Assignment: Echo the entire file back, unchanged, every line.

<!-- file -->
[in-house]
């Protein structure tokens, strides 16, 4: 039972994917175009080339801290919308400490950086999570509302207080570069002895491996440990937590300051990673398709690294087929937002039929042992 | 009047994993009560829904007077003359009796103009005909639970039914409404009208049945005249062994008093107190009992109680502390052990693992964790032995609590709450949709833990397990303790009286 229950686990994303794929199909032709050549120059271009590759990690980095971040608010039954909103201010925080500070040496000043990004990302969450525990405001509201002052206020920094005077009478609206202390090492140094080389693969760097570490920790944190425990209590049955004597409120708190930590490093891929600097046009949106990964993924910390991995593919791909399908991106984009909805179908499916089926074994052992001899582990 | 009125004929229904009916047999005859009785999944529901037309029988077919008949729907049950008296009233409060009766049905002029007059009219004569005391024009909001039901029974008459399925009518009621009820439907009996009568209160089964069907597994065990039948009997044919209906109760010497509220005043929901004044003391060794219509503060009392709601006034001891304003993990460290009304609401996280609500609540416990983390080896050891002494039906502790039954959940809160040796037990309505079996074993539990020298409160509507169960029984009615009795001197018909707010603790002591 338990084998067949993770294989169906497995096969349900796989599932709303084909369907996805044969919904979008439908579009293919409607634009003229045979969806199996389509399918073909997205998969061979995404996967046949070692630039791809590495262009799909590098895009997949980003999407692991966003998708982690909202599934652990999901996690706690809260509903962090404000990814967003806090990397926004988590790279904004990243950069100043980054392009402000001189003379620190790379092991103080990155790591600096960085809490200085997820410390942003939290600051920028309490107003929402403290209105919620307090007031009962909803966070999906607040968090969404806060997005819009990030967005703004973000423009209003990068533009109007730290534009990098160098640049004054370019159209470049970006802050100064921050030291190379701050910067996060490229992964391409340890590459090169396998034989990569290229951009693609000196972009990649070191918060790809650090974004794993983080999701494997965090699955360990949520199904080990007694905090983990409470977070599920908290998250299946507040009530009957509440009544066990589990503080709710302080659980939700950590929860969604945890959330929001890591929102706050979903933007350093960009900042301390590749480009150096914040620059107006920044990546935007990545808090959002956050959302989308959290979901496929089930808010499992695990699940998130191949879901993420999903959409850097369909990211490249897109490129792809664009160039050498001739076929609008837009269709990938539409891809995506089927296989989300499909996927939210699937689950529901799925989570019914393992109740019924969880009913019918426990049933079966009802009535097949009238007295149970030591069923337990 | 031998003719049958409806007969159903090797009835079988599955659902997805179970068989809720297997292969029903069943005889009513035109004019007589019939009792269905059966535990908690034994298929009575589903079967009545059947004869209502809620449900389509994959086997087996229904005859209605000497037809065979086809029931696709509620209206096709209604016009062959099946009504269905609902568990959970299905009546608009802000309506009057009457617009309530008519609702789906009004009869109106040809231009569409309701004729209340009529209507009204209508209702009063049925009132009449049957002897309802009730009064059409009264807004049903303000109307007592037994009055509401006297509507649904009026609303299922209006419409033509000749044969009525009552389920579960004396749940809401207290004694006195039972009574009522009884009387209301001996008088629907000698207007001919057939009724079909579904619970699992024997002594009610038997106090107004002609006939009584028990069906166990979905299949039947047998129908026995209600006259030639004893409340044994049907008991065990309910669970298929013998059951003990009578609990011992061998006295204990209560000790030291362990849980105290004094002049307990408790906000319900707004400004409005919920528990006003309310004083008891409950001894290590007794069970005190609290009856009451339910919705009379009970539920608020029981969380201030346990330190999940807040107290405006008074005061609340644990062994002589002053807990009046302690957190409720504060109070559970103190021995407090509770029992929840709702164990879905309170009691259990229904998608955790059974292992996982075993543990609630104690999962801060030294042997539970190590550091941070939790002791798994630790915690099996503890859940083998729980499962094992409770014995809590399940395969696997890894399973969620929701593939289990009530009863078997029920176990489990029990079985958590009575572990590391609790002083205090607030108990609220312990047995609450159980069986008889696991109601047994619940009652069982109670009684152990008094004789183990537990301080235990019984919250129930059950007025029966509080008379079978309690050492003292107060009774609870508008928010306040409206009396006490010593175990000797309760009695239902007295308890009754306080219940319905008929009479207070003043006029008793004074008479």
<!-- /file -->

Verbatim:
[in-house]
């Protein structure tokens, strides 16, 4: 039972994917175009080339801290919308400490950086999570509302207080570069002895491996440990937590300051990673398709690294087929937002039929042992 | 009047994993009560829904007077003359009796103009005909639970039914409404009208049945005249062994008093107190009992109680502390052990693992964790032995609590709450949709833990397990303790009286 229950686990994303794929199909032709050549120059271009590759990690980095971040608010039954909103201010925080500070040496000043990004990302969450525990405001509201002052206020920094005077009478609206202390090492140094080389693969760097570490920790944190425990209590049955004597409120708190930590490093891929600097046009949106990964993924910390991995593919791909399908991106984009909805179908499916089926074994052992001899582990 | 009125004929229904009916047999005859009785999944529901037309029988077919008949729907049950008296009233409060009766049905002029007059009219004569005391024009909001039901029974008459399925009518009621009820439907009996009568209160089964069907597994065990039948009997044919209906109760010497509220005043929901004044003391060794219509503060009392709601006034001891304003993990460290009304609401996280609500609540416990983390080896050891002494039906502790039954959940809160040796037990309505079996074993539990020298409160509507169960029984009615009795001197018909707010603790002591 338990084998067949993770294989169906497995096969349900796989599932709303084909369907996805044969919904979008439908579009293919409607634009003229045979969806199996389509399918073909997205998969061979995404996967046949070692630039791809590495262009799909590098895009997949980003999407692991966003998708982690909202599934652990999901996690706690809260509903962090404000990814967003806090990397926004988590790279904004990243950069100043980054392009402000001189003379620190790379092991103080990155790591600096960085809490200085997820410390942003939290600051920028309490107003929402403290209105919620307090007031009962909803966070999906607040968090969404806060997005819009990030967005703004973000423009209003990068533009109007730290534009990098160098640049004054370019159209470049970006802050100064921050030291190379701050910067996060490229992964391409340890590459090169396998034989990569290229951009693609000196972009990649070191918060790809650090974004794993983080999701494997965090699955360990949520199904080990007694905090983990409470977070599920908290998250299946507040009530009957509440009544066990589990503080709710302080659980939700950590929860969604945890959330929001890591929102706050979903933007350093960009900042301390590749480009150096914040620059107006920044990546935007990545808090959002956050959302989308959290979901496929089930808010499992695990699940998130191949879901993420999903959409850097369909990211490249897109490129792809664009160039050498001739076929609008837009269709990938539409891809995506089927296989989300499909996927939210699937689950529901799925989570019914393992109740019924969880009913019918426990049933079966009802009535097949009238007295149970030591069923337990 | 031998003719049958409806007969159903090797009835079988599955659902997805179970068989809720297997292969029903069943005889009513035109004019007589019939009792269905059966535990908690034994298929009575589903079967009545059947004869209502809620449900389509994959086997087996229904005859209605000497037809065979086809029931696709509620209206096709209604016009062959099946009504269905609902568990959970299905009546608009802000309506009057009457617009309530008519609702789906009004009869109106040809231009569409309701004729209340009529209507009204209508209702009063049925009132009449049957002897309802009730009064059409009264807004049903303000109307007592037994009055509401006297509507649904009026609303299922209006419409033509000749044969009525009552389920579960004396749940809401207290004694006195039972009574009522009884009387209301001996008088629907000698207007001919057939009724079909579904619970699992024997002594009610038997106090107004002609006939009584028990069906166990979905299949039947047998129908026995209600006259030639004893409340044994049907008991065990309910669970298929013998059951003990009578609990011992061998006295204990209560000790030291362990849980105290004094002049307990408790906000319900707004400004409005919920528990006003309310004083008891409950001894290590007794069970005190609290009856009451339910919705009379009970539920608020029981969380201030346990330190999940807040107290405006008074005061609340644990062994002589002053807990009046302690957190409720504060109070559970103190021995407090509770029992929840709702164990879905309170009691259990229904998608955790059974292992996982075993543990609630104690999962801060030294042997539970190590550091941070939790002791798994630790915690099996503890859940083998729980499962094992409770014995809590399940395969696997890894399973969620929701593939289990009530009863078997029920176990489990029990079985958590009575572990590391609790002083205090607030108990609220312990047995609450159980069986008889696991109601047994619940009652069982109670009684152990008094004789183990537990301080235990019984919250129930059950007025029966509080008379079978309690050492003292107060009774609870508008928010306040409206009396006490010593175990000797309760009695239902007295308890009754306080219940319905008929009479207070003043006029008793004074008479």